To the Editor

Loarie et al.1 are to be congratulated in highlighting the need for a holistic approach when assessing the net climate impact of biofuels, including that of albedo change. However, their statement that “...expanding sugar cane into existing crop and pasture land has a direct local cooling effect that reinforces the indirect climate benefits of this land-use option” risks underplaying the importance of non-carbon dioxide emissions from sugar-cane cultivation.

Sugar-cane production is nitrogen-intensive, and the relatively high temperatures and soil water contents in the tropics — where most of it is cultivated — can enhance denitrification rates, boosting emissions of the greenhouse-gas nitrous oxide (N2O)2,3. Recent studies examining N2O emissions from sugar-cane production in Australia have reported very high N2O emission factors (the proportion of nitrogen applied as fertilizer that is emitted as N2O), predicting that an emission factor of 3–5% is common to sugar-cane cultivation across a wide range of environments in Australia3.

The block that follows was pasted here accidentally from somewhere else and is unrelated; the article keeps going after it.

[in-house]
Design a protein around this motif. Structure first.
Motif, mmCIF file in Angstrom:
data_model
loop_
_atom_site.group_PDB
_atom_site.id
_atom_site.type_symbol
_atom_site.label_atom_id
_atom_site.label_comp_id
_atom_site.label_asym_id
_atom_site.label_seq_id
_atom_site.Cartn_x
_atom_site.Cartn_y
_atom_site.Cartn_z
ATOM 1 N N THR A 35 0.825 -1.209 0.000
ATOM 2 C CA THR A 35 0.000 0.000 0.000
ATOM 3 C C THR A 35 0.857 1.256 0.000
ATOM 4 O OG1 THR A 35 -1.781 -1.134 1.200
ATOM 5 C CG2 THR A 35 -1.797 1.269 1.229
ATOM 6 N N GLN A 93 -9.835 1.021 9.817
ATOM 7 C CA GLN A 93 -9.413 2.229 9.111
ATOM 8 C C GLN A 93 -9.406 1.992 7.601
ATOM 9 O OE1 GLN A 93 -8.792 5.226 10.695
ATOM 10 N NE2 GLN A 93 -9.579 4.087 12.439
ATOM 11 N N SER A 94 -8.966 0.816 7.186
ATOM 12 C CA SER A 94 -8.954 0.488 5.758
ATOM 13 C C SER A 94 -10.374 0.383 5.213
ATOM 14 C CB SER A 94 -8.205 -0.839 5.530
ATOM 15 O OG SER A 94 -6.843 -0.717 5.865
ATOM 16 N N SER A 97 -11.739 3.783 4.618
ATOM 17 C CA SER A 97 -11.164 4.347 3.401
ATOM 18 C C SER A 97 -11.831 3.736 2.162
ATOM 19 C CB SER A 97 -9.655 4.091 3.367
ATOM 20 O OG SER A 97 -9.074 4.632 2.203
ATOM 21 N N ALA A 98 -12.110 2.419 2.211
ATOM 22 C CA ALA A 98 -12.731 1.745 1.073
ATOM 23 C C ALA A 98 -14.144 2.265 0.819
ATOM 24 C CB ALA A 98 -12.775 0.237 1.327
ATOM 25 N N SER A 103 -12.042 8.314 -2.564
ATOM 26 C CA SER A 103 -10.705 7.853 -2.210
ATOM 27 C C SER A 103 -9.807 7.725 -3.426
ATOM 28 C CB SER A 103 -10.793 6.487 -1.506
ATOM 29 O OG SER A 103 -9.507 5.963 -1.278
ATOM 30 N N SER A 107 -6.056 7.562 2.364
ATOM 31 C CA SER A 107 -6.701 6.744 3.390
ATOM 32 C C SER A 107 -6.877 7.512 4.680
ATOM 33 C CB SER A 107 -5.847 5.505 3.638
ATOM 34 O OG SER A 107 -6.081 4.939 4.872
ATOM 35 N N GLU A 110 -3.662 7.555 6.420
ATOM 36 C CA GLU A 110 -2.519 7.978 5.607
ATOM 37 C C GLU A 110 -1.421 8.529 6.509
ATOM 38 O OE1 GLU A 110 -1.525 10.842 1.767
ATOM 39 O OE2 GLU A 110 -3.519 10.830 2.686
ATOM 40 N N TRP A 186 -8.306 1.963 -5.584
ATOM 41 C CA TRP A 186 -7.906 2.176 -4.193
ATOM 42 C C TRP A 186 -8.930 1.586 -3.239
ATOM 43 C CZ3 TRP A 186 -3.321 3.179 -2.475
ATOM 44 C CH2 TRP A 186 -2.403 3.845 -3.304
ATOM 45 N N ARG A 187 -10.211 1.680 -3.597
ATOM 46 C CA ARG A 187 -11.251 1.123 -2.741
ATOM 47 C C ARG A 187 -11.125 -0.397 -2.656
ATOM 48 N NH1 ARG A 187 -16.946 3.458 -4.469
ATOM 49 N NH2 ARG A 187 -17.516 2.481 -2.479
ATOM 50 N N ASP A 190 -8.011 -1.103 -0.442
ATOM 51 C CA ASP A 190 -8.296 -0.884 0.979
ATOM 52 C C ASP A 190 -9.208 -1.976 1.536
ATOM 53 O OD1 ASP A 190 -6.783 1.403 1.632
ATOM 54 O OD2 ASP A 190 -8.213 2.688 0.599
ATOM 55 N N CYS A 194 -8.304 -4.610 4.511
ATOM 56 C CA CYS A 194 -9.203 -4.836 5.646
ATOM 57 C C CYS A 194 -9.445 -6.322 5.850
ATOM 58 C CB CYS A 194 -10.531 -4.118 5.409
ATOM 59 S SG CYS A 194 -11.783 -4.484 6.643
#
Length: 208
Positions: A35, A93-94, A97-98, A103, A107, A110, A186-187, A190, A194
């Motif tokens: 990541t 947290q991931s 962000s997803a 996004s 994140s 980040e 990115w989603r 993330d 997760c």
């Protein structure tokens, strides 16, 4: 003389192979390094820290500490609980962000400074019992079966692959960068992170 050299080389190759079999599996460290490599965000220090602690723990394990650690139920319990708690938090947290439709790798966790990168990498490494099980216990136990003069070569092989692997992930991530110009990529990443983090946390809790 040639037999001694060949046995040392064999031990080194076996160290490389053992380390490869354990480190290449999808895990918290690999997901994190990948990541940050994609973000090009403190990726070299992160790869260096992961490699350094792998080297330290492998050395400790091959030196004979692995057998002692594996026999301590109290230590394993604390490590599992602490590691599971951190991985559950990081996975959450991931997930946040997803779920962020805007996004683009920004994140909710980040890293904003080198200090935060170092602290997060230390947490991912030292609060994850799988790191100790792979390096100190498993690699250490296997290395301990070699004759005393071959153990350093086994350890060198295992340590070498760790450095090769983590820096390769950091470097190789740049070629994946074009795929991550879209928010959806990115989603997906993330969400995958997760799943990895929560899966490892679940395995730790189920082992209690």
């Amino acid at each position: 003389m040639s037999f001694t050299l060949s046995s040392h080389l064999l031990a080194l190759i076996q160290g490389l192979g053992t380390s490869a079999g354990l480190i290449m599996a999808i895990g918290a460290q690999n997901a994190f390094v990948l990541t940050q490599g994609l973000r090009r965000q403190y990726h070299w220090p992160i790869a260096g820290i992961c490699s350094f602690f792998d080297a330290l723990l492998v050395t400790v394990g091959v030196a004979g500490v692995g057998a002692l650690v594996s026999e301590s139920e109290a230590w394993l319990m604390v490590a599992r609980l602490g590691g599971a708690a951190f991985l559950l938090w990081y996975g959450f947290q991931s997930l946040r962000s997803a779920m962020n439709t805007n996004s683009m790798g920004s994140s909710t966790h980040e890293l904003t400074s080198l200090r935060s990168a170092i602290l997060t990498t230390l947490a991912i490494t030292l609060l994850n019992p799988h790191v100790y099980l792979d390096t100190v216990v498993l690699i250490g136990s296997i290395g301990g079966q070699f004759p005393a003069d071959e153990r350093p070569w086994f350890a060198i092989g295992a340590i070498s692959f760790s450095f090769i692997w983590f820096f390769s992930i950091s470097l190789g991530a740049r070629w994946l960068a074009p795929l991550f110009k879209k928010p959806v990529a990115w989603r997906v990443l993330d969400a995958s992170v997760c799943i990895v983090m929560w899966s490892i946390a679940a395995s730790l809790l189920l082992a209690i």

At present, the global coverage of field measurements of N2O fluxes from biofuel cultivation is not sufficient to allow reliable bottom-up estimation of fluxes for all regions, land-management practices and crops. It may well be that the Intergovernmental Panel on Climate Change's4 default N2O emission factor of 1% for emissions arising directly from nitrogen addition is applicable to sugar cane in Brazil, but the uncertainty inherent in this figure is high (±300%). If an emission factor of 3–5% is more representative for these systems, the N2O 'penalty' in terms of the net climate-forcing impact of sugar-cane production may be substantial5. Wherever climate change mitigation is the primary objective of biofuel cultivation, the fullest possible picture in terms of net direct and indirect climate forcing is required.